In fact, 95 percent of respondents reported that they use at least one self-purchased device for work. Another big change is that where enterprise IT staffs used to assume they were responsible for training and supporting users on enterprise technology, these days many users simply will go ahead and train themselves to use tools they prefer. That also is a big change.
That "consumerization" of technology is quite a big shift. Decades ago, the pattern of technology diffusion was fairly straightforward. The latest new technology was purchased by large enterprises and large government entities. Over time medium-sized businesses and organizations started to buy the same technology. Later, small businesses and organizations adopted the tools. Finally, some consumers "brought the technology home" and used it as well.
All of that has changed over the last two decades. These days, many enterprise tools actually were brought into the enterprise by consumers who already had adopted the technology for home use. Email is a good example. So is simple broadband access and mobile phones. Then there are smartphones, instant messaging, blogs, social networking, Google, YouTube (News - Alert), Twitter and tablets. That is a stunning turnabout.
The survey suggests that more than 40 percent of respondents use instant messaging and text messaging for business; a quarter use blogs and professional online communities for business purposes, and that in most cases, these are the same consumer tools they use outside the business setting.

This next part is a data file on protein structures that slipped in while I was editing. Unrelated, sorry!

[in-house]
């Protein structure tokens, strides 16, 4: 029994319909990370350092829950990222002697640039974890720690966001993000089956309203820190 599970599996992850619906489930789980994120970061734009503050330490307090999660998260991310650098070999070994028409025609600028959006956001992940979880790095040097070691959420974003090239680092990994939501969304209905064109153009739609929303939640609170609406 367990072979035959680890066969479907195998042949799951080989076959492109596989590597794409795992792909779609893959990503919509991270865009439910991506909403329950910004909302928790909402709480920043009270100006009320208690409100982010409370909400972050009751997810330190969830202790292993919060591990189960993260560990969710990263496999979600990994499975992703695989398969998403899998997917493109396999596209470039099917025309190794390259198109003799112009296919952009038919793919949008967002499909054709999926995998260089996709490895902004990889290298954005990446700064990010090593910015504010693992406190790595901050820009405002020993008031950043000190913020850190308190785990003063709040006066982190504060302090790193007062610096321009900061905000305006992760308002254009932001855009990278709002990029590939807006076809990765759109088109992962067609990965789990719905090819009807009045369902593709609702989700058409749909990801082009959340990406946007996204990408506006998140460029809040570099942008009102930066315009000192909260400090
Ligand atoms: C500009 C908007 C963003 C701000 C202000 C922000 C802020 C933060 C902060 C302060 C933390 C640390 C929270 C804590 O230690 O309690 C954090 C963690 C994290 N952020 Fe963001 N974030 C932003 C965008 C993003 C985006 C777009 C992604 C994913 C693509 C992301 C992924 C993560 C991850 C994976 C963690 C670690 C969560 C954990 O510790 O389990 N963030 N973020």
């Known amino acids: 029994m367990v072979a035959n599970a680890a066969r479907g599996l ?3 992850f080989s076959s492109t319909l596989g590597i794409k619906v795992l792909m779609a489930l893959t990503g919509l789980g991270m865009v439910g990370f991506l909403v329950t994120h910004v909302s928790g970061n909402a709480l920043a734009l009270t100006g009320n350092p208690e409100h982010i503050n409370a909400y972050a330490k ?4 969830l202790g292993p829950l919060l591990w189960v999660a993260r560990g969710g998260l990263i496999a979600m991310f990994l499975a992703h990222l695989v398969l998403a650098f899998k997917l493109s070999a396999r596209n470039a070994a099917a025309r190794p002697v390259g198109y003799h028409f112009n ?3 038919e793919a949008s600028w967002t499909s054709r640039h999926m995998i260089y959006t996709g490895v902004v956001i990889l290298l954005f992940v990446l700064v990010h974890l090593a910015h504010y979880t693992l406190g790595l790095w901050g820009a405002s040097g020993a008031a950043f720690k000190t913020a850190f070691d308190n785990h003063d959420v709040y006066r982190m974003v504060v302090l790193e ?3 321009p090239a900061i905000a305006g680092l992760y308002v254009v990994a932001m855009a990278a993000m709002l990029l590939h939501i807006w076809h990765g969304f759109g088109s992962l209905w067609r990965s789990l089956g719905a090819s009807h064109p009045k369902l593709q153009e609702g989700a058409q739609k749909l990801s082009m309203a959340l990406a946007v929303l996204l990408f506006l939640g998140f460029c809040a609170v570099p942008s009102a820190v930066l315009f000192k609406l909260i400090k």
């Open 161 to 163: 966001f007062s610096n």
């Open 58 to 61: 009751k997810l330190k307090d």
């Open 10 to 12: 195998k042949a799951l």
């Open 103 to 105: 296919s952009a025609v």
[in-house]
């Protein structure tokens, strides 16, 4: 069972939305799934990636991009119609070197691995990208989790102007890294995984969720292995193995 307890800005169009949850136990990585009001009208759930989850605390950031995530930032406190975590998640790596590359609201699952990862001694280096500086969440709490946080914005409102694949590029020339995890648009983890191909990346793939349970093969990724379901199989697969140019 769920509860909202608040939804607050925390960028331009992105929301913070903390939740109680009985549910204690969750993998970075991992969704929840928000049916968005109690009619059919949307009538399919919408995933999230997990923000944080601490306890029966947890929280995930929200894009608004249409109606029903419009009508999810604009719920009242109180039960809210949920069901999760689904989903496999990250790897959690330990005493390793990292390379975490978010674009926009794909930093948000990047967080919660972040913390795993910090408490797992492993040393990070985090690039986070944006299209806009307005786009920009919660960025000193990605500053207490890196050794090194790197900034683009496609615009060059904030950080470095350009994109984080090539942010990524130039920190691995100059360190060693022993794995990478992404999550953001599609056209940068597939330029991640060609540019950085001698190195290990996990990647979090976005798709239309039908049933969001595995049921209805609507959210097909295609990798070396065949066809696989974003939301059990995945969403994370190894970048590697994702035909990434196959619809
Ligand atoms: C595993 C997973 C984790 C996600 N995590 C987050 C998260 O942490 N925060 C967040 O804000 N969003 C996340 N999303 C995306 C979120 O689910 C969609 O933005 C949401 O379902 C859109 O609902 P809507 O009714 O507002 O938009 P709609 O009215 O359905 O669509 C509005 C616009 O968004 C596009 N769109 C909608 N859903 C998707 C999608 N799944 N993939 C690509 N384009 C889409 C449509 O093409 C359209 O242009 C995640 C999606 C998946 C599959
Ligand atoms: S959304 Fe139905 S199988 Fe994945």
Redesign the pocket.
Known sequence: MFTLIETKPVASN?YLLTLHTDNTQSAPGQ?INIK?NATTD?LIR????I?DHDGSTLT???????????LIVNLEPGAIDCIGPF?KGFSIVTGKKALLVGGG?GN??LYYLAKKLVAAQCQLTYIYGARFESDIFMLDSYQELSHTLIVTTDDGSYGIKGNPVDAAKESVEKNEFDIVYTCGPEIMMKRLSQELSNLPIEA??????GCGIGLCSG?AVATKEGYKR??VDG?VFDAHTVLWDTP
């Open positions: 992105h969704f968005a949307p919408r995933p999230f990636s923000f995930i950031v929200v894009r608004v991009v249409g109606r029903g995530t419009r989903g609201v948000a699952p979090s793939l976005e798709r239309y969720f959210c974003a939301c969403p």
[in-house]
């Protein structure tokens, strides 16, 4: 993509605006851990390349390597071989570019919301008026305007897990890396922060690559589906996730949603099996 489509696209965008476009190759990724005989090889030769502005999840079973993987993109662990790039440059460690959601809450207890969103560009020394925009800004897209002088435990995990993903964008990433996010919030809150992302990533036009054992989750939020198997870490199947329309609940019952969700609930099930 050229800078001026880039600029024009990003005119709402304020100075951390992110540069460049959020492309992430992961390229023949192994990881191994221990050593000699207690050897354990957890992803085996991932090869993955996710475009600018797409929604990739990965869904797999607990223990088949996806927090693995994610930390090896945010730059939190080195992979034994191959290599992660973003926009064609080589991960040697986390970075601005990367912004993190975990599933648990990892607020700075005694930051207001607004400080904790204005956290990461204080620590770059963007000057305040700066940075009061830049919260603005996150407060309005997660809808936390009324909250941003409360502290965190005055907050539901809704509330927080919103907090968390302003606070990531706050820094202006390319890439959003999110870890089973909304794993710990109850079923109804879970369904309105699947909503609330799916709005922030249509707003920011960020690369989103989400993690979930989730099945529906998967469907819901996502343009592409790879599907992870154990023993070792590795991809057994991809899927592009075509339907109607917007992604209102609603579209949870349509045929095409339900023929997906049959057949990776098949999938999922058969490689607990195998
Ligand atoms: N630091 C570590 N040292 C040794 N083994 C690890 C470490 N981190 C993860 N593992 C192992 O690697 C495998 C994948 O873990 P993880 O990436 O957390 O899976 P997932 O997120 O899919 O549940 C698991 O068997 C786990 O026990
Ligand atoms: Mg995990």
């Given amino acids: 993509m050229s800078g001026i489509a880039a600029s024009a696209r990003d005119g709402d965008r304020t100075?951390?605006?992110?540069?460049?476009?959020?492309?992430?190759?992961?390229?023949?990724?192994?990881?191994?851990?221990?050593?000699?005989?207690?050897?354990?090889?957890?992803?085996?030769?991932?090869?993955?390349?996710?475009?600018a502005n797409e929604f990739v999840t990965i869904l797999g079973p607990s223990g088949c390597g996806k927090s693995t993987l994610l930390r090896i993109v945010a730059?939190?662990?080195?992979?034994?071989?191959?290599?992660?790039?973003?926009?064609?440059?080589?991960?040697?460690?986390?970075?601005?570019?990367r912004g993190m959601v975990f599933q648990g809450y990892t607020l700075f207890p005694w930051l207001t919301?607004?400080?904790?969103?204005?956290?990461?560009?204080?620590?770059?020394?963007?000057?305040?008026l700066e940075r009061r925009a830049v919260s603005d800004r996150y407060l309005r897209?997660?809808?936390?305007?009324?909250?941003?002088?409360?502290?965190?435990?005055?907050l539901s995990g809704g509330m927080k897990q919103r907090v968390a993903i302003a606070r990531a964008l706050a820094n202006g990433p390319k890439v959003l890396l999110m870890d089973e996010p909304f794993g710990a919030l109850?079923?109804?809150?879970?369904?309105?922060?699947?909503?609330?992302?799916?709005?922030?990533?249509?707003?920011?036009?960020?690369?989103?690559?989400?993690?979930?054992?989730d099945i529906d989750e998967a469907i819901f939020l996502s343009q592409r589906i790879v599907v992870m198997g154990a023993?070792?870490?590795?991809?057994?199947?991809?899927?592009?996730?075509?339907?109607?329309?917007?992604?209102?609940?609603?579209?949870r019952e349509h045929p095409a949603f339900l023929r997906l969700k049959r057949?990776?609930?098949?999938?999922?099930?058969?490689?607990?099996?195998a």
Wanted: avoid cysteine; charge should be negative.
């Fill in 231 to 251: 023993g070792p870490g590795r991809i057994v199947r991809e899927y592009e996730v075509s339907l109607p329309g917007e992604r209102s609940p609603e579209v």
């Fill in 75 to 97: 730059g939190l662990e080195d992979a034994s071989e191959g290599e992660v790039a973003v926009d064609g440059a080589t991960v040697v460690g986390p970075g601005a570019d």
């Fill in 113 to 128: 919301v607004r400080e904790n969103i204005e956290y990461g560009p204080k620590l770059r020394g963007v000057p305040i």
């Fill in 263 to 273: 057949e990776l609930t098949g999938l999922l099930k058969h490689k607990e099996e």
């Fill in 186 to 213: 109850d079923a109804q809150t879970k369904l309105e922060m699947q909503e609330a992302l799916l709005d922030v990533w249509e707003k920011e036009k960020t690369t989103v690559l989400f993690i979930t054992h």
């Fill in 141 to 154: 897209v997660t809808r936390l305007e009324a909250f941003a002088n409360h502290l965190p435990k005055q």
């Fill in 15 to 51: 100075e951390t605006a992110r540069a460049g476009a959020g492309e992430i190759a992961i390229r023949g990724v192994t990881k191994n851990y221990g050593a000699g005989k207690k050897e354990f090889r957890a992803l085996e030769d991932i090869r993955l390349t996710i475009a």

These days, that has information technology managers struggling to keep up with users who bring their own technology and preferences into the work setting. Across the board, enterprises report that they expect to increase their use of social networking tools like blogs, Twitter, Facebook, and LinkedIn (News - Alert) for business purposes over the next 12 months, for example. Business usage of these applications is expected to grow from 10 percent to 30 percent in the next year, Unisys (News - Alert) said.
As you might guess, all that improvisation creates issues for enterprise IT staffs. Employees are overwhelmingly willing to buy their own consumer technologies for use at work, yet employers still want to purchase standardized technologies for them. In many cases, workers don't want the "enterprise tools" because they aren't deemed to have the same functionality as the consumer tools.
Despite employee willingness to buy and train themselves on their own consumer technologies, nearly 70 percent of IT decision-makers report that they continue traditional models to purchase employees’ devices and cover business-related charges.